Who are all these editors?
April 25, 2013 11:23 AM   Subscribe

Help me understand the editor hierarchy at the magazine I write for. Every article I do for them seems to take a different path, with different editors contacting me about different things, but it's never consistnet. I can never figure out if I'm communicating with the right person.

My list of contacts there include: Editorial director, editor-in-chief, editor at large, section editor, senior editor, assistant editor, contributing editor, staff editor, and (plain old) editor. What do all of these people do that is different from the others?

(Also an online editor and copy editor, but it's pretty clear what they do.)
posted by Ookseer to Writing & Language (9 answers total) 4 users marked this as a favorite
It's very unlikely that there is a generically correct answer to this question. Sure, people can probably tell you the canonical/classic definition of each of those job titles, but who you should be communicating with about what is going to vary wildly at each individual organization, depending on the org's history, various personalities, level of organization, random chance, etc. You're much better off asking your direct supervisor or each individual person for clarity.
posted by brainmouse at 11:31 AM on April 25, 2013 [3 favorites]

I agree with brainmouse-- it's better to contact someone directly at your publication, because these things can vary quite a bit.
That said, at the places I've worked an "editor at large" is a sort of senior reporter who is allowed a lot of control over their own work (hence the editor) but doesn't usually come into the office much and doesn't oversee anyone else.
Editor in chief is usually the big boss. Unless it's a very small organization, I doubt you would be communicating with him/her much. Assistant editors are the junior editors running things under a senior editor. There's usually a clear hierarchy there. Section editors are in charge of their own small territory, e.g. the style section or travel section. They will usually answer to another editor or the editor in chief.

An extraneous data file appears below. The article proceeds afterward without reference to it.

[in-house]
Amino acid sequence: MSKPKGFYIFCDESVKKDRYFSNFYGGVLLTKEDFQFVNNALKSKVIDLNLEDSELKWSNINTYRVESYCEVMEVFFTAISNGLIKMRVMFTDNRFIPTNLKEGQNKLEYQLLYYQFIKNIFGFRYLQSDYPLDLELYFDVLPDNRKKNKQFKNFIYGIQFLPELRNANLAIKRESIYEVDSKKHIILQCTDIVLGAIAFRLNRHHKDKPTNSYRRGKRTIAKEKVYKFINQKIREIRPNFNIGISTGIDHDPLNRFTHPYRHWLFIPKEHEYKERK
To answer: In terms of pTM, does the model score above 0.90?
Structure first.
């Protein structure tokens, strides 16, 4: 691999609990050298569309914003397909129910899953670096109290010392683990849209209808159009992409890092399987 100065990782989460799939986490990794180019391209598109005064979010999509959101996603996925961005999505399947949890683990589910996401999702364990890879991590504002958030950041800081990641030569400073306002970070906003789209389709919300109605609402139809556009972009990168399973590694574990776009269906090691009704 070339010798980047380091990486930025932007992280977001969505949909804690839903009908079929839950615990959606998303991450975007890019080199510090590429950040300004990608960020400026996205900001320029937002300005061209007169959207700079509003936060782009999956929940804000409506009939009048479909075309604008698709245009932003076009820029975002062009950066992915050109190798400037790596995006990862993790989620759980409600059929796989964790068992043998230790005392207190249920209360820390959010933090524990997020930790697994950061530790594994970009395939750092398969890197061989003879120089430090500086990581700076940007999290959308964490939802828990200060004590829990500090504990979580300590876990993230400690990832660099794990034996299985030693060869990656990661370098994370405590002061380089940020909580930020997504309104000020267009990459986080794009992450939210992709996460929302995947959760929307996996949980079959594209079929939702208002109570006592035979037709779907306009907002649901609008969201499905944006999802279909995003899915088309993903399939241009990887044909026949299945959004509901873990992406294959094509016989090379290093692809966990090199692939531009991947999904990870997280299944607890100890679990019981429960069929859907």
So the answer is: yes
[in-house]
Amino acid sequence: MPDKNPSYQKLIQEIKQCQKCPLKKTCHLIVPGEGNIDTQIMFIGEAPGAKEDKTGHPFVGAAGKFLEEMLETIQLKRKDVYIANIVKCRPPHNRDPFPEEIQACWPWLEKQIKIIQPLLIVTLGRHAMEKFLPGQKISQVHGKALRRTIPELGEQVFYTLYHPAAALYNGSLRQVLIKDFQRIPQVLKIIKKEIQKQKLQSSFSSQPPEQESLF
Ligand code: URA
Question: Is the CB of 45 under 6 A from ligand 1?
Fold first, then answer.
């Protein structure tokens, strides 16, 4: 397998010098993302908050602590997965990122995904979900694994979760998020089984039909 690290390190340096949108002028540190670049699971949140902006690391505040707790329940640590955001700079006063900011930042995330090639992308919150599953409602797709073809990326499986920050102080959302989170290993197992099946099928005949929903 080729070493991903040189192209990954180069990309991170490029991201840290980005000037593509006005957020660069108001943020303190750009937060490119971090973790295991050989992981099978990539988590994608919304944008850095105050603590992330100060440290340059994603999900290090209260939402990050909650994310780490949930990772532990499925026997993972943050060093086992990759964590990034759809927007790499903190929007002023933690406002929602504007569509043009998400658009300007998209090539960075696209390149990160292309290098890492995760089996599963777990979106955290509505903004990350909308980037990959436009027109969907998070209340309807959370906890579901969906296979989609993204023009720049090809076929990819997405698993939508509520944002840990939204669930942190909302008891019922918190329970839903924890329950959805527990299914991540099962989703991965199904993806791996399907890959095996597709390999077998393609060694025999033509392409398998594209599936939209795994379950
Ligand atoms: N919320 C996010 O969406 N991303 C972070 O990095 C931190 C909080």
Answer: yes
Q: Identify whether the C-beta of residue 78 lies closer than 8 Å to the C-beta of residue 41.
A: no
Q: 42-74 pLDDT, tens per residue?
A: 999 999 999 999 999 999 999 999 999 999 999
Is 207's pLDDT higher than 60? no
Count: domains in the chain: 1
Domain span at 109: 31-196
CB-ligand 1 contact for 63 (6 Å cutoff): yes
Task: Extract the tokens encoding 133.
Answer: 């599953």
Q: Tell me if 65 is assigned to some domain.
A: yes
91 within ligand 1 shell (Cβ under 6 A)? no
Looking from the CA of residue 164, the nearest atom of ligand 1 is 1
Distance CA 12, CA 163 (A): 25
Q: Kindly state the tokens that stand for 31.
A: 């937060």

Again, this can vary a lot depending on where you work, like brainmouse said. It's best to just ask outright.
posted by incountrysleep at 11:39 AM on April 25, 2013 [1 favorite]

Response by poster: I don't have a direct supervisor. I write for them as a freelancer and I'm not involved in the organization. I get contacted, seemingly indiscriminately, by these people. And none of them have time to explain their job to me. Thus my confusion. I'd be happy with a classical definition for any or all of them so at least I'm addressing things to someone close to the correct person.
posted by Ookseer at 12:45 PM on April 25, 2013

My understanding of contributing editor is that this would not be a full-time position but rather a frequent (freelance) contributor to the magazine. So, for example, Christopher Hitchens was once a contributing editor to Harper's Magazine. I doubt that this meant he edited anything, or if he did, it was probably only to read through potential articles in his area of expertise in order to gain feedback. But he did write many articles for the magazine.

At my publishing company at any rate, senior editor just means an editor higher up the pay scale, assistant editor lower, editor in the middle.
posted by seemoreglass at 1:00 PM on April 25, 2013

A starting place to figure this out would be to look at this particular magazine's masthead. The most senior roles will be at the top (probably with the editor-in-chief at the very top). Depending on the magazine, the masthead may be subdivided into sections and you can more easily see how people fit in with the larger organization.

At the publisher I work for, you start out as an associate editor, then get promoted to editor, and finally senior editor. So those three have the same general job description, but different levels of experience and seniority.

If someone contacts you out of the blue, always respond directly to that person. But you should have one point person you can contact who can direct your inquiries as needed.

It is really hard to say what the protocol should be without knowing the magazine. If it's a tiny operation you may be able to contact even the editor-in-chief directly. Not so much if it's Vogue.
posted by payoto at 1:04 PM on April 25, 2013 [1 favorite]

There are several possibilities:

1. They aren't terribly well-organized. Whoever needs you contacts you and whoever they have look at your stuff is whoever is available. Which varies. This is pretty normal for a small business. Though they would probably save time by streamlining things, no one is willing/able to take on that task. So, it's ad hoc.